Recent years have seen many examples of Hindu nationalists' xenophobic hostility towards minorities. The scrapping of Article 370 in 2019 revoked Kashmir's unique autonomy. Also in 2019, the Supreme Court ruled in favour of returning land on which formerly stood a mosque to the government of India, for the building of a temple dedicated to Hindu deity Rama. There were violent clashes on the streets of Delhi between Hindus and Muslims in spring 2022. The controversial Citizenship Amendment Act (CAA) passed in 2019, popularly known as the ‘anti-Muslim’ law, prohibits illegal migrants from becoming Indian citizens. And just this month, chapters on Mughal history and the Gujarat riots have been deleted from children's history textbooks.

Hindu nationalists have striven to regenerate a single monolithic religion. To this end, twenty-two Indian states have banned the eating of beef. Five states have passed laws prohibiting religious conversion from Hinduism. Meanwhile, the Ghar Wapsi (homecoming) movement is urging Muslims, Christians, and followers of other religions, to convert to Hinduism.

Militant Hindu nationalism has carefully deconstructed the (extra)ordinariness of Hinduism's founding ideologies. It has twisted these ideologies into a violent majoritarian nationalist worldview.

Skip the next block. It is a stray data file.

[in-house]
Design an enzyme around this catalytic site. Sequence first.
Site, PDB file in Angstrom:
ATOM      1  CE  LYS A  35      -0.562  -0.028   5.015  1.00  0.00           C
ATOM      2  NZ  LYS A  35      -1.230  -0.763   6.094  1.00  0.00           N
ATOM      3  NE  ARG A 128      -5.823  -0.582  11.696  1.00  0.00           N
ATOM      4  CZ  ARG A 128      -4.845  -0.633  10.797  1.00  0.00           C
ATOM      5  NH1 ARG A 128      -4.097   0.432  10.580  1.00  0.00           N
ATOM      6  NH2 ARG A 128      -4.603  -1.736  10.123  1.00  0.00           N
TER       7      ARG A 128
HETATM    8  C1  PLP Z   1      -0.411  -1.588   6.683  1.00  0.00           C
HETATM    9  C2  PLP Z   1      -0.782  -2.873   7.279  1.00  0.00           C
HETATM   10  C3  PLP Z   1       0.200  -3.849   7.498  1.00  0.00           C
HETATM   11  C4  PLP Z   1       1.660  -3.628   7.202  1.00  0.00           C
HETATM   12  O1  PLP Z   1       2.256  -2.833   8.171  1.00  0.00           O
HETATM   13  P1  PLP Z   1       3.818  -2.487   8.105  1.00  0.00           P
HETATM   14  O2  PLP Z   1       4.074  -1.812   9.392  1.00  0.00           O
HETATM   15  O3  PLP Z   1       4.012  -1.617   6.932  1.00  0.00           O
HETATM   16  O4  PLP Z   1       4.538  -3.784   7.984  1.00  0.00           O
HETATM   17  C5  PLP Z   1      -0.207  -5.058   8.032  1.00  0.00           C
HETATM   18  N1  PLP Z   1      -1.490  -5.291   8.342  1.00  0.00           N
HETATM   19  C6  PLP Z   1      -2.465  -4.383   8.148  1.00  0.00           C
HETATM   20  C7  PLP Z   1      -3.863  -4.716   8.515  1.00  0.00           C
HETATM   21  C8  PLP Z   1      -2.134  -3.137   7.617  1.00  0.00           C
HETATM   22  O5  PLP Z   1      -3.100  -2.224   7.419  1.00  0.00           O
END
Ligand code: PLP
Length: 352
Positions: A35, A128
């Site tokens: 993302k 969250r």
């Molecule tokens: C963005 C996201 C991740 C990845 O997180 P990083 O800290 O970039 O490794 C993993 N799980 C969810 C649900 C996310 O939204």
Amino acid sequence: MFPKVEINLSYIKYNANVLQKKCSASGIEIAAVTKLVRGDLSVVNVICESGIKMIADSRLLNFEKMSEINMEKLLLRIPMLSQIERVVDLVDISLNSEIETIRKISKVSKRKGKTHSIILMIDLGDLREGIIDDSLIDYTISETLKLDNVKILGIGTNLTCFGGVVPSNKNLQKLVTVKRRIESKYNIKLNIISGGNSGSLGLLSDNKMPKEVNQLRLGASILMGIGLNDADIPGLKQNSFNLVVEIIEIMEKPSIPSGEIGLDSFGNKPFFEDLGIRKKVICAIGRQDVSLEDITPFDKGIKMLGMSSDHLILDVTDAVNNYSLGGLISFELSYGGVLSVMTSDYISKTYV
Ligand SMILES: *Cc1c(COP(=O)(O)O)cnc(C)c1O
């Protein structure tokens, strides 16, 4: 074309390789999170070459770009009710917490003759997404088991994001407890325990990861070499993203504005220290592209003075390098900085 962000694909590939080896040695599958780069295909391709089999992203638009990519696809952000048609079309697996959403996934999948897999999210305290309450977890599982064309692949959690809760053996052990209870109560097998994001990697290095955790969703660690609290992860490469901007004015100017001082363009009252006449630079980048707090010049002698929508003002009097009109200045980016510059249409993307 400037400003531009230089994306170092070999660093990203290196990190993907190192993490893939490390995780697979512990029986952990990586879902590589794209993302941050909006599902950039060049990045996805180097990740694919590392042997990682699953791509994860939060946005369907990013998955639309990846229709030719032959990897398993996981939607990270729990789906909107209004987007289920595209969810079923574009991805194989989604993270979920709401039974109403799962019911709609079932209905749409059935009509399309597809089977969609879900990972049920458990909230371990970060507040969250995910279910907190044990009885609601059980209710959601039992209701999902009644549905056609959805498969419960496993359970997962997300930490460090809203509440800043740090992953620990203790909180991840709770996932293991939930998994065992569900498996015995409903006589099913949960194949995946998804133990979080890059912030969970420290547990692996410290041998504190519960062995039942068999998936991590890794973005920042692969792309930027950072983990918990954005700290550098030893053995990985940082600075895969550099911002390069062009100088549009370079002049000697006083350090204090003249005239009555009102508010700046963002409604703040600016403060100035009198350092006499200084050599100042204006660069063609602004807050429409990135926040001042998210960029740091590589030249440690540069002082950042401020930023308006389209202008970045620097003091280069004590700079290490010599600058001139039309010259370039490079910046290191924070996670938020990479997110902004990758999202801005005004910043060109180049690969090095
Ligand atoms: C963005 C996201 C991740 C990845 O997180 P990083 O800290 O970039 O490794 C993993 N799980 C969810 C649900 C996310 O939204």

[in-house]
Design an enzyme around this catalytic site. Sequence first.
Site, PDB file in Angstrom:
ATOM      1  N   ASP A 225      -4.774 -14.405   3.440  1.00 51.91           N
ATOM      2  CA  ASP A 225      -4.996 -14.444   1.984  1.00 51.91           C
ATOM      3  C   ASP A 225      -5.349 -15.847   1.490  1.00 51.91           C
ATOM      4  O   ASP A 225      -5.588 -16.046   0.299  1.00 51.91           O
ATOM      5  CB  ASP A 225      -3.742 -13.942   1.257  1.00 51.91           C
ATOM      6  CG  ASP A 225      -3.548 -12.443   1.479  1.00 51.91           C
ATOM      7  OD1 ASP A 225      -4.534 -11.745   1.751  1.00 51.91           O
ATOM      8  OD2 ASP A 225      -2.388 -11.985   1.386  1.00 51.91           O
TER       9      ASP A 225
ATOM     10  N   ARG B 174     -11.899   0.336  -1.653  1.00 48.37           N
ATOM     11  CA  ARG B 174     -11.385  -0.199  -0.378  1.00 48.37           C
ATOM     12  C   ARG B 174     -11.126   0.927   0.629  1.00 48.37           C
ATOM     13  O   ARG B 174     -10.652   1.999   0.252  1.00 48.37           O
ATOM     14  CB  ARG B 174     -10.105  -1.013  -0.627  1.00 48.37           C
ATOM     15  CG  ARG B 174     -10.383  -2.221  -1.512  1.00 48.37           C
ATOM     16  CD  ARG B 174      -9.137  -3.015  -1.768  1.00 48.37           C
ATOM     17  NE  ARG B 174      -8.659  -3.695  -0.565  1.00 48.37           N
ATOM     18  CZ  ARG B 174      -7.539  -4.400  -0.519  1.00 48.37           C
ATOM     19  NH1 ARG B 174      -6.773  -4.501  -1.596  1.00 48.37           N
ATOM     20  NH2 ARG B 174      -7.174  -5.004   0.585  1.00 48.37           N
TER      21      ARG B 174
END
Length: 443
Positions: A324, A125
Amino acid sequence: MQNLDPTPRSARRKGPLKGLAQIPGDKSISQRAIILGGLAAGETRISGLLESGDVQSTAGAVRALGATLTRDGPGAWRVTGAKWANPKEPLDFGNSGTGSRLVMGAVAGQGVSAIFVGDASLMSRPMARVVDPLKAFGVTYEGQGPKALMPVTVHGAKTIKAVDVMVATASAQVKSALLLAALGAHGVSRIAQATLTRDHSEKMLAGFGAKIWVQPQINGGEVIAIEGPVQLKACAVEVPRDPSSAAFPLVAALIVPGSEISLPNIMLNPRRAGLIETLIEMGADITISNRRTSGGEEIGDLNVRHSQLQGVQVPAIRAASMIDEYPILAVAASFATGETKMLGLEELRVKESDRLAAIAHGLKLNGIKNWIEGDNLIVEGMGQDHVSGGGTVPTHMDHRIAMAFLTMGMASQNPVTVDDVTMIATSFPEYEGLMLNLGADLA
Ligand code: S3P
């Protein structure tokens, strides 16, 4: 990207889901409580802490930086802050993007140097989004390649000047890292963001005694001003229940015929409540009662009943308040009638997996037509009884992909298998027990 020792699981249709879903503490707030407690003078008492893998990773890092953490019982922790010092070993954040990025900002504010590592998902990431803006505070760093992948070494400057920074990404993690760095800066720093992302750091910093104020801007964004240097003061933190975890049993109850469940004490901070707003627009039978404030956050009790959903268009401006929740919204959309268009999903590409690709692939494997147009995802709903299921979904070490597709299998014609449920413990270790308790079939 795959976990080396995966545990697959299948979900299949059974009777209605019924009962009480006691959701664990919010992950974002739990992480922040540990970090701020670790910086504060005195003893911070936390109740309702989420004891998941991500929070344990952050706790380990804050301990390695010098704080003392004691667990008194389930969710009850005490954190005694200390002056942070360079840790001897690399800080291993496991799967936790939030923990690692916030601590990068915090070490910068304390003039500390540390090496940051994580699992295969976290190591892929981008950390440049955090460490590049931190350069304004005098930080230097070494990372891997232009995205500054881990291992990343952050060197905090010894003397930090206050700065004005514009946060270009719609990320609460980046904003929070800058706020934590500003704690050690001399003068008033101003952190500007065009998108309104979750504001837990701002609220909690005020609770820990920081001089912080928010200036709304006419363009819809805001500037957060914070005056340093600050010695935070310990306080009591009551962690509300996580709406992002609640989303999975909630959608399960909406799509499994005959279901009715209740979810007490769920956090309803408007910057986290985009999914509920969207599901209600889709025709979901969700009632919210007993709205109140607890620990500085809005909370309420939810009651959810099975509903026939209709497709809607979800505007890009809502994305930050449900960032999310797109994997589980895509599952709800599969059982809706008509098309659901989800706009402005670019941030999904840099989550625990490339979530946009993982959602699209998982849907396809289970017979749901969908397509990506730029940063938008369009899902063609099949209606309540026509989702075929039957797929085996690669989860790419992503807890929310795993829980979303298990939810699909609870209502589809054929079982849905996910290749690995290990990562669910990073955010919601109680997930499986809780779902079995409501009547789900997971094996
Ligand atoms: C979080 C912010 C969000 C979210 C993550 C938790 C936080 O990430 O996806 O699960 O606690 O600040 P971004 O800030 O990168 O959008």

This article presents the views of the author(s) and not necessarily those of the ECPR or the Editors of The Loop.


photograph of Soumi Banerjee
Soumi Banerjee
PhD Candidate, School of Social Work, Lund University

Soumi's doctoral study explores civil society legitimacy, resilience, and resistance and investigates the state-civil society relationship in countries experiencing democratic backsliding.

She is the author of Quintessential Other: The construction of self and other in the narratives of the partition of India (2018), and The History of Perpetual War: Indo-Pak Relations (2016)